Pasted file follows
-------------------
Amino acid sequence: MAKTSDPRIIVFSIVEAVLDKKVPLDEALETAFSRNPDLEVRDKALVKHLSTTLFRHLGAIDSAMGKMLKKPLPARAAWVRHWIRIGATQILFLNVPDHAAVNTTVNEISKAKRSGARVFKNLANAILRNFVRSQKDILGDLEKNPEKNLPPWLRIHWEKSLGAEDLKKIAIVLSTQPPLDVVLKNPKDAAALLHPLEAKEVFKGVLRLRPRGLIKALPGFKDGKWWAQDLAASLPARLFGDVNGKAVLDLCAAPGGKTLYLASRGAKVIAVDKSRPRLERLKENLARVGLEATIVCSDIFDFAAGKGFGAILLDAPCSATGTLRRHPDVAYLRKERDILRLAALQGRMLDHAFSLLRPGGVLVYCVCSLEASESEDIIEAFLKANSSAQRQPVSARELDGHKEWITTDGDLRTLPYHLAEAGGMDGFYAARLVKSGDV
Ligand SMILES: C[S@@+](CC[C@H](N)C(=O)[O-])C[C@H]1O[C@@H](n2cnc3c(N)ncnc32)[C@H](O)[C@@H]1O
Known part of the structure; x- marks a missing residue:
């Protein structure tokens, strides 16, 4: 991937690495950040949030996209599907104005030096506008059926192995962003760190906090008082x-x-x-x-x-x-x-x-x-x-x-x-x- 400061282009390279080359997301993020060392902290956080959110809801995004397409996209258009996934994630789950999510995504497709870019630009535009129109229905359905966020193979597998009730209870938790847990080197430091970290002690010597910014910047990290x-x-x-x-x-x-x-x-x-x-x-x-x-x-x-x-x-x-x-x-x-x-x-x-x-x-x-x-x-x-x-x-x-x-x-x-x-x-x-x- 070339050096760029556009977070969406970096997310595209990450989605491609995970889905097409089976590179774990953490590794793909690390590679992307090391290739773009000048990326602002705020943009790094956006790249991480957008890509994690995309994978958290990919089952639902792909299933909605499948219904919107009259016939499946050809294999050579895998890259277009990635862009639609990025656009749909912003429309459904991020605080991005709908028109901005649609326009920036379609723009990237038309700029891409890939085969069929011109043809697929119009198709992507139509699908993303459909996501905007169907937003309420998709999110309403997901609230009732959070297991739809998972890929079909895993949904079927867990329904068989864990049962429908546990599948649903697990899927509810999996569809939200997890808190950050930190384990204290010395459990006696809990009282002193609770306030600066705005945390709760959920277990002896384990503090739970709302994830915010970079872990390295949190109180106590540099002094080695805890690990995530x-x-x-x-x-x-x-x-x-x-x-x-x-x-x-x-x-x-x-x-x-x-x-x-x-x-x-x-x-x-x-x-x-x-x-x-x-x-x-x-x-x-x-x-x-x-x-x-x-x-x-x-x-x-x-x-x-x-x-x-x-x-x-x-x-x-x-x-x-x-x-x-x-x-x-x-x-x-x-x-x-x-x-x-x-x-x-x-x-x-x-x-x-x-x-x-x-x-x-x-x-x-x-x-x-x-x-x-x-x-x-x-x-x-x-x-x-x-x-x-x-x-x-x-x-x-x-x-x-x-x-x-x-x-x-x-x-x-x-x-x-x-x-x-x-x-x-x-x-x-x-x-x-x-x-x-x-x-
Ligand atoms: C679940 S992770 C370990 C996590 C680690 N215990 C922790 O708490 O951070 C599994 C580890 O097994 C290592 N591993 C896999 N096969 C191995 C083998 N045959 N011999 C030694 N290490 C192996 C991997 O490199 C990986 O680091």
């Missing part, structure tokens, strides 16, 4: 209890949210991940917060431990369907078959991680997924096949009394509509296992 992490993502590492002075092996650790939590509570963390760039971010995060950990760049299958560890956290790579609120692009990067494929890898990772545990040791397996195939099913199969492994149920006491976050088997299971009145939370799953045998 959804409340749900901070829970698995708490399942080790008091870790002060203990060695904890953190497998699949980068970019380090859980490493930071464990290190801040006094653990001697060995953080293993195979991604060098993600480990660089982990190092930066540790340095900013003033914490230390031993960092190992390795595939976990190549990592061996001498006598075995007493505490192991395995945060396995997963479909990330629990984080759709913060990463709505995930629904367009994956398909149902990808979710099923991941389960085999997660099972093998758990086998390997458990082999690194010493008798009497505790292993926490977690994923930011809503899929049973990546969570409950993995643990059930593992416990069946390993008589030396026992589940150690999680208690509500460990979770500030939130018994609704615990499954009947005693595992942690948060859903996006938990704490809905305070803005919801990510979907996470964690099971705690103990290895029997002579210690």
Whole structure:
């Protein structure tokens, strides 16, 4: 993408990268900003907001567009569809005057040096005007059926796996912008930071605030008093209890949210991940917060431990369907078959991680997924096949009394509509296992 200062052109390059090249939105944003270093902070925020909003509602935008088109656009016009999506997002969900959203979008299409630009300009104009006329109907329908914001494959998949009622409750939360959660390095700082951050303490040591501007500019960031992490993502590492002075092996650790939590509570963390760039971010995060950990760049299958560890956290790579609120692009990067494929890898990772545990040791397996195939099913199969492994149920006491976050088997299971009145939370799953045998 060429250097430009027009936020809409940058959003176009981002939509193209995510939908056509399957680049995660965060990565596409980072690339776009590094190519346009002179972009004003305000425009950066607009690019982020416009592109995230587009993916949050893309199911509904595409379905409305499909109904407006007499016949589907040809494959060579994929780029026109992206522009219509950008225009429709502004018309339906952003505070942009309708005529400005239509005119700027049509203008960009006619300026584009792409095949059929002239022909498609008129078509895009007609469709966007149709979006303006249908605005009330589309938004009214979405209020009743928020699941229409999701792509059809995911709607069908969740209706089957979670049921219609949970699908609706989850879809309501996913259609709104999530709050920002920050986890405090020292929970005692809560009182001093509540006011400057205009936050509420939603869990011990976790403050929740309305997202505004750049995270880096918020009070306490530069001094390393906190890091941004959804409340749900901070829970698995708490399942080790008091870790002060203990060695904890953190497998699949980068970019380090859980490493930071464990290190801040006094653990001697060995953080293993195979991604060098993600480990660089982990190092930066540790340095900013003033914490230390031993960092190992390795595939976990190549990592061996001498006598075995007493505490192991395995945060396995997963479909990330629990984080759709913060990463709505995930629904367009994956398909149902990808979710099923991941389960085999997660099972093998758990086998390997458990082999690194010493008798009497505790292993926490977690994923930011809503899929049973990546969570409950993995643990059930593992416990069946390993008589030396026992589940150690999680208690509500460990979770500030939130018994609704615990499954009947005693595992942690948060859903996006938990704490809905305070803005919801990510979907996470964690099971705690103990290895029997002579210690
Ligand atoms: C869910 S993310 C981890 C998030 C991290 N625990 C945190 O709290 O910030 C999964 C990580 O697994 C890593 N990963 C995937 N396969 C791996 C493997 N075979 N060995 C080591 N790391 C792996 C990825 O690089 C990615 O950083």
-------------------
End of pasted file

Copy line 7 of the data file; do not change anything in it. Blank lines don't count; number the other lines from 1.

Whole structure: